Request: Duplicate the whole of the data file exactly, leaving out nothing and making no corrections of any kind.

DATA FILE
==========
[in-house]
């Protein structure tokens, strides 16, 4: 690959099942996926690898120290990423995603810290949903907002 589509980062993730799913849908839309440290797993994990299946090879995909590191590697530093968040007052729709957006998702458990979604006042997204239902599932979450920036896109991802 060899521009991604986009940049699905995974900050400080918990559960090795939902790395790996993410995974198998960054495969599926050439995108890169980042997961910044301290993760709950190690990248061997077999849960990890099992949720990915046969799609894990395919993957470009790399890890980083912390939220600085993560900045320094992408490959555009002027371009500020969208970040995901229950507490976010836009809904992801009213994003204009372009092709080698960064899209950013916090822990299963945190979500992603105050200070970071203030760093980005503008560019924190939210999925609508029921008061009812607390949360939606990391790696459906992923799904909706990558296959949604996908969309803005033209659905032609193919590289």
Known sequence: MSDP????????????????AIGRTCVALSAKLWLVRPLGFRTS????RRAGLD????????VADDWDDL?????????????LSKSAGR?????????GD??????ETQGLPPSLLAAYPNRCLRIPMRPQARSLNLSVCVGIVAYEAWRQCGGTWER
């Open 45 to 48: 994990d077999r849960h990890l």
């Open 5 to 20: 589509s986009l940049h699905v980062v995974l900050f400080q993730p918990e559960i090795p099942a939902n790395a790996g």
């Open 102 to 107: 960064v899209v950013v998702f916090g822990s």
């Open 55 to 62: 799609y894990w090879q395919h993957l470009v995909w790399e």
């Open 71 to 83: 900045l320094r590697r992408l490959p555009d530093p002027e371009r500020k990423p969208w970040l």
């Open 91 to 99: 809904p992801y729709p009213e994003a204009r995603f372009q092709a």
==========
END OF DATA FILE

[in-house]
């Protein structure tokens, strides 16, 4: 690959099942996926690898120290990423995603810290949903907002 589509980062993730799913849908839309440290797993994990299946090879995909590191590697530093968040007052729709957006998702458990979604006042997204239902599932979450920036896109991802 060899521009991604986009940049699905995974900050400080918990559960090795939902790395790996993410995974198998960054495969599926050439995108890169980042997961910044301290993760709950190690990248061997077999849960990890099992949720990915046969799609894990395919993957470009790399890890980083912390939220600085993560900045320094992408490959555009002027371009500020969208970040995901229950507490976010836009809904992801009213994003204009372009092709080698960064899209950013916090822990299963945190979500992603105050200070970071203030760093980005503008560019924190939210999925609508029921008061009812607390949360939606990391790696459906992923799904909706990558296959949604996908969309803005033209659905032609193919590289």
Known sequence: MSDP????????????????AIGRTCVALSAKLWLVRPLGFRTS????RRAGLD????????VADDWDDL?????????????LSKSAGR?????????GD??????ETQGLPPSLLAAYPNRCLRIPMRPQARSLNLSVCVGIVAYEAWRQCGGTWER
């Open 45 to 48: 994990d077999r849960h990890l």
């Open 5 to 20: 589509s986009l940049h699905v980062v995974l900050f400080q993730p918990e559960i090795p099942a939902n790395a790996g």
């Open 102 to 107: 960064v899209v950013v998702f916090g822990s």
């Open 55 to 62: 799609y894990w090879q395919h993957l470009v995909w790399e």
């Open 71 to 83: 900045l320094r590697r992408l490959p555009d530093p002027e371009r500020k990423p969208w970040l």
């Open 91 to 99: 809904p992801y729709p009213e994003a204009r995603f372009q092709a």